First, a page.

The three features described above - from West to East, the tower of the Catholic Cathedral, the high square keep of the Castle and the spire of the Anglican Cathedral - are the three enduring landmarks of the Norwich skyline. Wherever you are in the city centre (and indeed in the wider town), you may be sure to see at least two of these, and use them to orientate yourself. This is a good navigational trick for newcomers to the City.
Norfolk life (and pondlife)
A word about the wider Norwich outside the city centre. As with any other British town or city, there are "chav zones" which should be approached with caution by one who patently doesn't belong there or whose accent is not a native one. The most notorious council estate is Mile Cross (north-central) although West Earlham (around the university) deserves a dishonourable mention, as does Heartsease. Try to avoid these areas.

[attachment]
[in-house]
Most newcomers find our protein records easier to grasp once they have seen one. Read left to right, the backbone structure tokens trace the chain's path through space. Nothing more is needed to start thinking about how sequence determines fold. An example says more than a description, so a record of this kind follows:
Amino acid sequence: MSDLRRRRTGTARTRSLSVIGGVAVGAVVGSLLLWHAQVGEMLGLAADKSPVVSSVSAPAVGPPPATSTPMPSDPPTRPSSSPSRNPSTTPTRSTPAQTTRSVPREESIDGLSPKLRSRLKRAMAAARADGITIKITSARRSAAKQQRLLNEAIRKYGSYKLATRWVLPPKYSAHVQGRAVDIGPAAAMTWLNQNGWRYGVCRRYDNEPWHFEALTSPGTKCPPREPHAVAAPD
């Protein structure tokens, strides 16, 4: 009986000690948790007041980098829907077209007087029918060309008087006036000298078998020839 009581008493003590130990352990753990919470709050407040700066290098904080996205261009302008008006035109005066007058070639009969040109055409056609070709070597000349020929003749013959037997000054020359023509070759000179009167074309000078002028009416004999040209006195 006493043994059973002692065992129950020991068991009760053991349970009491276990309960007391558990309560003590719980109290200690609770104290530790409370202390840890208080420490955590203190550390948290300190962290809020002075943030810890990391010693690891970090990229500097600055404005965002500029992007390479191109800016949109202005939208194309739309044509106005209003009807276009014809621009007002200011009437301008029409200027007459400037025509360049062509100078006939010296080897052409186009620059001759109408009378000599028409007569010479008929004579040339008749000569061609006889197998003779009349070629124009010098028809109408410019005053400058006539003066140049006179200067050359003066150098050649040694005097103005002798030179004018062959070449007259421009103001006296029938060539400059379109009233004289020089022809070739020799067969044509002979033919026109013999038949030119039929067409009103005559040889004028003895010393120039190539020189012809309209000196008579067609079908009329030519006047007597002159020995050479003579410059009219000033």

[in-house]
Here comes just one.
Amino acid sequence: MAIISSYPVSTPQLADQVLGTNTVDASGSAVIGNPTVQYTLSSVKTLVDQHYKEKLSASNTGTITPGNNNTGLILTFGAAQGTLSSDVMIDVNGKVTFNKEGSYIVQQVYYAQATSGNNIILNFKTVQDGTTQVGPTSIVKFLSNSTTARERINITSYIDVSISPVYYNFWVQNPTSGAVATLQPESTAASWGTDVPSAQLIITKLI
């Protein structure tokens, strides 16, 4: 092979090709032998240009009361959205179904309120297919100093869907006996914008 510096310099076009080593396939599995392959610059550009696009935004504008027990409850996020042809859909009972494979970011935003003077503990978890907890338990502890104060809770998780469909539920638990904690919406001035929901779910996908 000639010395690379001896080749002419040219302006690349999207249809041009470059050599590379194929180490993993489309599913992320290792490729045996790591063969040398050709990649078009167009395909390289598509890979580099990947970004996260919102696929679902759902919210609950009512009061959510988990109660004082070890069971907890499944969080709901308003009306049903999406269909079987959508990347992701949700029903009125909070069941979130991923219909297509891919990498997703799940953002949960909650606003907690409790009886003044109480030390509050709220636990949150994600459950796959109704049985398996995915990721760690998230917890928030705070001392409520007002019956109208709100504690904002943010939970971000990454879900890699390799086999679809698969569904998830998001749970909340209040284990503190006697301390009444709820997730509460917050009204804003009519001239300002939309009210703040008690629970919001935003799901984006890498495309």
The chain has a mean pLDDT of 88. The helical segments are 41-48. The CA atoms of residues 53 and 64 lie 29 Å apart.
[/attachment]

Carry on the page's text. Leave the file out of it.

By contrast, the "Golden Triangle" is the name for the district in between Earlham Road and Unthank Road, centred on Bury Street, which is exclusively populated by UEA students in their "living-out" year. Demand for a student house in the Triangle always exceeds supply, and the unlucky ones can find themselves living in relative social isolation out towards Dereham Road (if they're lucky: this is what an enterprising estate agent might call "Triangle Borders", or perhaps the "Silver Triangle", for those who had to accept second-best). Others will have to make do with Sprowston Road, or as far out as Lakenham or Costessey. (These are, or were, pleasant little villages that had an independent life as the Norfolk villages nearest to Norwich: urban sprawl is now incorporating them into the City and has largely eaten the open green fields that seperated them from Norwich)